Authoritarian managers are low in agreeableness and can often be industrious, not typically trusting and enjoy sticking to an orderly and structural approach. Authoritarian managers expect employees to obey them no matter what they may say or ask. Millennials want to have the freedom to challenge their managers if they do not believe it is the most effective way or right way to go about things. Millennials see being able to challenge as an opportunity for them and the business to grow. Authoritarian managers may also be known as micromanagers and this is the complete opposite to the management styles that Millennials like. Micromanagers thrive on having power and being further up the hierarchy whereas Millennials thrive on a flat management structure that enables open communication and career development.

Extroverted Managers

Extroverted managers are seen as understanding, compassionate and considerate, this style is something Millennials enjoy. Millennials prefer a give and take relationship where managers and employees provide a support network. Instead of spending time delegating, they spend their time supporting the development of their team, which is also something Millenials love. An extroverted style enables everyone in the company to be a leader because of it’s flat structure. As we discussed earlier Millenials love a flat structure and typically many millennials are happy to embrace leadership responsibilities. It is this empowerment and involvement in the business through being able to lead and become a part of what goes on at the company that will heighten retention for millennials.

Democratic Managers

Let’s get one thing straight here, democratic managers are innovators. They’re open to feedback and ideas from their team, which is great for Millennials needs. They’re focused on growth and this is something that resonates well with Millennials too. Can you see a theme forming? Millennials don’t believe management should be the only people involved in the decision making process of the business, they want to be involved too. Democratic managers are influenced by their employees and their ideas which makes for a nice group decision-making tactic. Together, Millennials and Demoratic managers work together to align goals that everyone is involved in.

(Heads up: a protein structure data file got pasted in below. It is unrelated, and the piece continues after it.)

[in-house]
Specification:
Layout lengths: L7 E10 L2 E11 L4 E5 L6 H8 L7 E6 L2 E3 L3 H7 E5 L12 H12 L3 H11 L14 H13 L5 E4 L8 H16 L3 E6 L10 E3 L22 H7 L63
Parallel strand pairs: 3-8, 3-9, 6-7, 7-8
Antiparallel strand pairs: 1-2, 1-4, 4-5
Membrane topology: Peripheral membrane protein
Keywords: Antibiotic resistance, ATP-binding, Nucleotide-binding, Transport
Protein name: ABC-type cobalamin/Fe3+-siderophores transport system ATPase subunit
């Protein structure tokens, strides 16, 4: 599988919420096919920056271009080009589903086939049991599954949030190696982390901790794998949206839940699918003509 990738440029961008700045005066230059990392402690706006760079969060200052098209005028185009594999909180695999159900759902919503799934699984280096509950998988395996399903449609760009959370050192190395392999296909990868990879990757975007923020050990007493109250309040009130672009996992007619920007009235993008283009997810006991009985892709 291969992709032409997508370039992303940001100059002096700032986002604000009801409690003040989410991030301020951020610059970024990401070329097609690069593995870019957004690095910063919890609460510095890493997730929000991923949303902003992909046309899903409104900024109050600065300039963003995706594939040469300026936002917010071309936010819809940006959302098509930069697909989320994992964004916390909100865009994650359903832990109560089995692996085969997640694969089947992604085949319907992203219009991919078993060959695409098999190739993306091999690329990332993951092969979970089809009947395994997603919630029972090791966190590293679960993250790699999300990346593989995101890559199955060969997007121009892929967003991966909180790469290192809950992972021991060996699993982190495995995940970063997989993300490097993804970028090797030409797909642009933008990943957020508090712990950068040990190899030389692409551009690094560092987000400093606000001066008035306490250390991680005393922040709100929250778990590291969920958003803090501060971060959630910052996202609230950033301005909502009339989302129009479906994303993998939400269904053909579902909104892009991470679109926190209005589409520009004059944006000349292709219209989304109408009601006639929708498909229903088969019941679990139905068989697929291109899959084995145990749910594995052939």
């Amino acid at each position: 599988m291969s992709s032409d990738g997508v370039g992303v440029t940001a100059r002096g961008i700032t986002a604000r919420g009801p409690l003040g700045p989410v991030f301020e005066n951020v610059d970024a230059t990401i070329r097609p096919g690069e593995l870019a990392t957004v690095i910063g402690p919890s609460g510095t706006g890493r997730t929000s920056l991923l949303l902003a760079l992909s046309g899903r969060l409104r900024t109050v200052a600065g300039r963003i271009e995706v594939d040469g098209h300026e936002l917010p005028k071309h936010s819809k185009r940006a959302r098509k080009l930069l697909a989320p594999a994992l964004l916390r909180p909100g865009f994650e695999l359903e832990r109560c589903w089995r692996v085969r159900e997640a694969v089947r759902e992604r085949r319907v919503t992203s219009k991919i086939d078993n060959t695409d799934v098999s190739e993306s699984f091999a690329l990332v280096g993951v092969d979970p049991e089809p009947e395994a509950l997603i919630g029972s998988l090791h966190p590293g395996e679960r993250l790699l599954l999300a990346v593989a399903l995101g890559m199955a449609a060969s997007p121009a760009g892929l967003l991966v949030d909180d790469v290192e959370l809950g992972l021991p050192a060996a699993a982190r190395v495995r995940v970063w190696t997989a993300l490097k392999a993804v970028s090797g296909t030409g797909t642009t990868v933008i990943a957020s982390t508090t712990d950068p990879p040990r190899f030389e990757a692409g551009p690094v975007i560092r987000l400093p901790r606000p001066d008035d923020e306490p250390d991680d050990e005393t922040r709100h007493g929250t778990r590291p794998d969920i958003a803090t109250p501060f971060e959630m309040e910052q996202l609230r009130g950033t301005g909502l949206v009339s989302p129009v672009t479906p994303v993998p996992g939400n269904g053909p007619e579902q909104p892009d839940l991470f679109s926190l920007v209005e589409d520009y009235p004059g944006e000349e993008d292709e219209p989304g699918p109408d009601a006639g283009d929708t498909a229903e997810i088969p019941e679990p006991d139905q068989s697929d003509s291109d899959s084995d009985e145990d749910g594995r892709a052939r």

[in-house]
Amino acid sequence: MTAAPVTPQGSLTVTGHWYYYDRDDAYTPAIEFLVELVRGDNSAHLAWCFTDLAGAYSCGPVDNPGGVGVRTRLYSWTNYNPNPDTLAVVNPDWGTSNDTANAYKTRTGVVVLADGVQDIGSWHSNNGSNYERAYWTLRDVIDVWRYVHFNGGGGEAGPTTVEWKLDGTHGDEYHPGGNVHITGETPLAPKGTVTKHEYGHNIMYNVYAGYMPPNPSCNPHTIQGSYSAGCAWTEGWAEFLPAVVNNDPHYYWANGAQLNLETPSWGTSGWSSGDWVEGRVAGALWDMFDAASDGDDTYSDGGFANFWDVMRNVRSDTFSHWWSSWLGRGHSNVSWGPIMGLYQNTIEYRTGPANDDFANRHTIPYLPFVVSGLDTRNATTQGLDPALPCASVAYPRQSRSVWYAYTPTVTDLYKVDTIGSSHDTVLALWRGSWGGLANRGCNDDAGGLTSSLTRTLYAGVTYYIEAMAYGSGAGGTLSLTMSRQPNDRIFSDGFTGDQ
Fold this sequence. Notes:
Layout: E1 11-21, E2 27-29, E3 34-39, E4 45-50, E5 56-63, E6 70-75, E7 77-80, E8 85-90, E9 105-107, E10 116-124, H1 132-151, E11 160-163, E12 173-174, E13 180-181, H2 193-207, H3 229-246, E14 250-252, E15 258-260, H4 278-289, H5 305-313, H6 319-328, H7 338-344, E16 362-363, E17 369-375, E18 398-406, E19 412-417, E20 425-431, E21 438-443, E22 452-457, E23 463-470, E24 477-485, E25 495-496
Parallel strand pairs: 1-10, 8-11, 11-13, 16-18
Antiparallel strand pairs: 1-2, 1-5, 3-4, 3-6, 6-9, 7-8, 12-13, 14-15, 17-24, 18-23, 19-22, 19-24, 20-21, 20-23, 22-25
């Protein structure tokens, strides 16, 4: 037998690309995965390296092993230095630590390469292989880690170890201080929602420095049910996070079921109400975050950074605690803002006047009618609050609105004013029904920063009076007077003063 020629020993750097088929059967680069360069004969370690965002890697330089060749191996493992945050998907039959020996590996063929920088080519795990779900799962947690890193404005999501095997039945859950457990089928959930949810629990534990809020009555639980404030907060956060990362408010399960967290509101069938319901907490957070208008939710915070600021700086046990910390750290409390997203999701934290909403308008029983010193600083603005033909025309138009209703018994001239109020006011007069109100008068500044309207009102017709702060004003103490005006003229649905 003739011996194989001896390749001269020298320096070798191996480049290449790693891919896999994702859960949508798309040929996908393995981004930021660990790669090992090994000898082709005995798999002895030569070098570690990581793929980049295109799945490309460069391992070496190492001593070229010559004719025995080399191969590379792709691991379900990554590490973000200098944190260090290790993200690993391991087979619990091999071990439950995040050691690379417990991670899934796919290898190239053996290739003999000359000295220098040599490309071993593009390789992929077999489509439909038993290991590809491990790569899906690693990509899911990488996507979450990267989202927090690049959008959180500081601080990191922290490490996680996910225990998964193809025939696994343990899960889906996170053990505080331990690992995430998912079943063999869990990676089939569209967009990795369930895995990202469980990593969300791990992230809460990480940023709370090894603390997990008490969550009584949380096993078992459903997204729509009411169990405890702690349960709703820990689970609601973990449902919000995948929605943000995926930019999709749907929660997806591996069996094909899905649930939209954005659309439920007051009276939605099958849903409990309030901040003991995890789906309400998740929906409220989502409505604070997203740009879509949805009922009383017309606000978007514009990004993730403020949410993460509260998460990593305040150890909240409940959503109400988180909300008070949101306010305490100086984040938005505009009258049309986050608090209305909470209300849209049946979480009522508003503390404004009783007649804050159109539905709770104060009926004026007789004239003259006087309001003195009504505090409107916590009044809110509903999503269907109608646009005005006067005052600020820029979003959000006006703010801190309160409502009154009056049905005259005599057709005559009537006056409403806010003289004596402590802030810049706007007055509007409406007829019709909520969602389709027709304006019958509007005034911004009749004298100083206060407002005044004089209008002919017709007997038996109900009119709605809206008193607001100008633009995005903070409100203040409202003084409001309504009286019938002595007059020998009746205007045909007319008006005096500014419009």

Laissez-faire Managers

Laissez-faire managers have a high degree of trust in their team, I’m sure by now you know that this is something that goes down well with Millennials. They know that their employees will perform at a high level without the need of consistent involvement from them (unless they are proved otherwise). This type of hands-off approach is extremely popular with Millenials as they have previously stated that feeling trusted is important to them. This also gives them room to breathe and make decisions for themselves while knowing that they have support and guidance there when need it.

So which management style is best? The real answer is that there isn’t just one style. The Authoritarian management style is definitely not one that Millennials will typically enjoy. Extroverted, democratic and Laissez-faire all have great elements that Millenials love in their styles. The management style you fit into will ultimately have to fit with your personality too.  You could try to adopt one of these great styles that Millennials will love but, if you’re not genuinely showing true qualities of this management style then it will not come off as authentic. The point of this isn’t to stick to just one style but to have fun with it and take things from each of the good to create a management style that works for you and your employees.

There is a saying that nicely sums this piece up “people leave managers, not companies.” Next time you wonder why your employee’s retention levels are increasing, take a look at your management team’s performance and qualities.